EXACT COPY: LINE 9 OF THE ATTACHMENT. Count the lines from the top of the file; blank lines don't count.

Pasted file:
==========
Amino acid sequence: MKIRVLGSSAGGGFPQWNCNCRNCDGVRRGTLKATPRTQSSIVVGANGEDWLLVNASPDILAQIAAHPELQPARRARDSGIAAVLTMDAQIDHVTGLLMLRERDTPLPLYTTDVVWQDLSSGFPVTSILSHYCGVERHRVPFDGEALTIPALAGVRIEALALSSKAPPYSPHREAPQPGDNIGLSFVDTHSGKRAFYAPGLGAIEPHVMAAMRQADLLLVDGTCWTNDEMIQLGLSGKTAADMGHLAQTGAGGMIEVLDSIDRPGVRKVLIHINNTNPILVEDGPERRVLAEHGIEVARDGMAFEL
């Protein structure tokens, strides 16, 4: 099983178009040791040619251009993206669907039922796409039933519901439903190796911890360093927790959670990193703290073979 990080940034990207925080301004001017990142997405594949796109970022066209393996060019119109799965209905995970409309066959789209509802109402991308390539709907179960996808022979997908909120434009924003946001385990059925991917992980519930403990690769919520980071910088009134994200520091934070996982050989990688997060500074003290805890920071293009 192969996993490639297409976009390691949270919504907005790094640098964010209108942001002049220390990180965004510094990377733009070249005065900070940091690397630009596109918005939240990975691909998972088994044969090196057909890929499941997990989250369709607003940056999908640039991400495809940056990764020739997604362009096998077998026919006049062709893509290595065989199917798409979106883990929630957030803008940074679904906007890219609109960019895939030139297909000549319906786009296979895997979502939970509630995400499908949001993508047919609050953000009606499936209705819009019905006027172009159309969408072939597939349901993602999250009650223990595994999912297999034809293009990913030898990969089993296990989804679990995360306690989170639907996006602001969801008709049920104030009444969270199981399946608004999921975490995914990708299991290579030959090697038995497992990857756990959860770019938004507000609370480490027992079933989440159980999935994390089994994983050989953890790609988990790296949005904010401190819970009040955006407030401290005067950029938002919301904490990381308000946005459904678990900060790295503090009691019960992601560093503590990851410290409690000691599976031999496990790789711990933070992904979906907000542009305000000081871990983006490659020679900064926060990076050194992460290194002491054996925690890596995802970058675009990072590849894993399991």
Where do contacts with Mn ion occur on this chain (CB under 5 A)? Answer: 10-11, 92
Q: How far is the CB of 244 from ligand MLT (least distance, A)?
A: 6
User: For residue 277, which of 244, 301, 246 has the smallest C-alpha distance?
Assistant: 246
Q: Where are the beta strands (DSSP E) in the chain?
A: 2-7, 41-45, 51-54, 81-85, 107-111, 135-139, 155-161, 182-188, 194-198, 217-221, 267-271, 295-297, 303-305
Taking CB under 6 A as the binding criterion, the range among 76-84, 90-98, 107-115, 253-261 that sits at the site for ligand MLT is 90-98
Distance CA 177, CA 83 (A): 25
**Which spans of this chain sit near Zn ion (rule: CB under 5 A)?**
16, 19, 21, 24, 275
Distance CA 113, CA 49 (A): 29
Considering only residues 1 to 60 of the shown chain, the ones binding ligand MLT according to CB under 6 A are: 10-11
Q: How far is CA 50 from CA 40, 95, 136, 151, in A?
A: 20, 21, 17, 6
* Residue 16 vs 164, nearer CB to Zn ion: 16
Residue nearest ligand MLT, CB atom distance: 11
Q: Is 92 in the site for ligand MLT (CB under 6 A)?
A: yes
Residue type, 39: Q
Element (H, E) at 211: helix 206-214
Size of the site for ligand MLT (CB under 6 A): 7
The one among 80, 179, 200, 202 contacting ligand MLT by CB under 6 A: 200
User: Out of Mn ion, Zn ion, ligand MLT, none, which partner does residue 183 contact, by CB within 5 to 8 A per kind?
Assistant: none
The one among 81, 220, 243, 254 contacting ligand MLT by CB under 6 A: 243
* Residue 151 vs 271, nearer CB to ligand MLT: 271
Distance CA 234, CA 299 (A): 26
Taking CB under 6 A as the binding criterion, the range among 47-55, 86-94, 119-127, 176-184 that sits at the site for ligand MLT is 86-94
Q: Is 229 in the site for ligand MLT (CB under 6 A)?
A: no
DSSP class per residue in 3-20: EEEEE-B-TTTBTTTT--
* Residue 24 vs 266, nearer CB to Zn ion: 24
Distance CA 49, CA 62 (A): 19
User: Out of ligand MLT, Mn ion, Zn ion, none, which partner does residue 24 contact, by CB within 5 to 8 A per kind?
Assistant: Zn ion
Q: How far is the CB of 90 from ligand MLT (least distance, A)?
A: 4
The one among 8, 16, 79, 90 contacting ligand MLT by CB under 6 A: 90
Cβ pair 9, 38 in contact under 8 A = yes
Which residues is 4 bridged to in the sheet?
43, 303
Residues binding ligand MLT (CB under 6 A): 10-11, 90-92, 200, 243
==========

A: 2-7, 41-45, 51-54, 81-85, 107-111, 135-139, 155-161, 182-188, 194-198, 217-221, 267-271, 295-297, 303-305